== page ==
I remember rooms that have had their part
In the steady slowing down of the heart.
The room in Paris, the room at Geneva,
The little damp room with the seaweed smell,
And that ceaseless maddening sound of the tide —
Rooms where for good or for ill — things died.
But there is the room where we two lie dead
Though every morning we seem to wake and might just as well seem to sleep again
As we shall somewhere in the other quieter, dustier bed
Out there in the sun — in the rain.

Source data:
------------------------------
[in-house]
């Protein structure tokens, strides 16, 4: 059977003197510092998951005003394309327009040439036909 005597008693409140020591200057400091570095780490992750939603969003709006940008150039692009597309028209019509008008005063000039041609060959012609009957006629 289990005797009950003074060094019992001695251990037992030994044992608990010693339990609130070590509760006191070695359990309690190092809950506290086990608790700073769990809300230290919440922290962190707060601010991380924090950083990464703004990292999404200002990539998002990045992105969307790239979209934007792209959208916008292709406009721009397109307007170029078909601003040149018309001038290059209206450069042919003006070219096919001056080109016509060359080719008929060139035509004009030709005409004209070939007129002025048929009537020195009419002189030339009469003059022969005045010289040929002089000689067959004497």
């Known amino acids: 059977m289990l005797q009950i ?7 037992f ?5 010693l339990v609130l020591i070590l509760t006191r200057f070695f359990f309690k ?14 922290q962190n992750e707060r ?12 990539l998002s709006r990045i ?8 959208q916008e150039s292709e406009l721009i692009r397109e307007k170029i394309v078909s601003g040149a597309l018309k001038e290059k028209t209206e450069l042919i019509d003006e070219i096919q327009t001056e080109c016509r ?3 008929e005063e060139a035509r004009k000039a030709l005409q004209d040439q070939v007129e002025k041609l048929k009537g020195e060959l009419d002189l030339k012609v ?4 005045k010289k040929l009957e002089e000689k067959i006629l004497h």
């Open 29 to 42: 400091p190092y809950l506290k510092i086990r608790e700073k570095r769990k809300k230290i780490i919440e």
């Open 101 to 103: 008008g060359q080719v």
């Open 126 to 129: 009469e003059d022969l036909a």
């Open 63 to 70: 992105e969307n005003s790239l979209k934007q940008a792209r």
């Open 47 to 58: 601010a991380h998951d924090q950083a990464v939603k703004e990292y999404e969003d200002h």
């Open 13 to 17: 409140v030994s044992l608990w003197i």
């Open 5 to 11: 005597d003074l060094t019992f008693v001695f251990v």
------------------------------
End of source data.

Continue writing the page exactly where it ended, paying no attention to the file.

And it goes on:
Not one to cheer you up, this short poem of loneliness and despair is by Charlotte Mew (1869 – 1928). Born into a large but struggling middle class family in mid-Victorian London, two of her siblings were schizophrenic and several others died young. Her sexuality (she was almost certainly a repressed lesbian) was to make her an outsider, and her isolation and failure to find love is captured powerfully in this poem. At the age of almost fifty she found a publisher for a small collection of her poems under the title of The Farmers Bride, but never achieved widespread recognition in her lifetime. In the spring of 1928, following the death of her sister, she took her own life. The means she chose, a bottle of creosote, seems tragically apt. Contributed by David Underdown.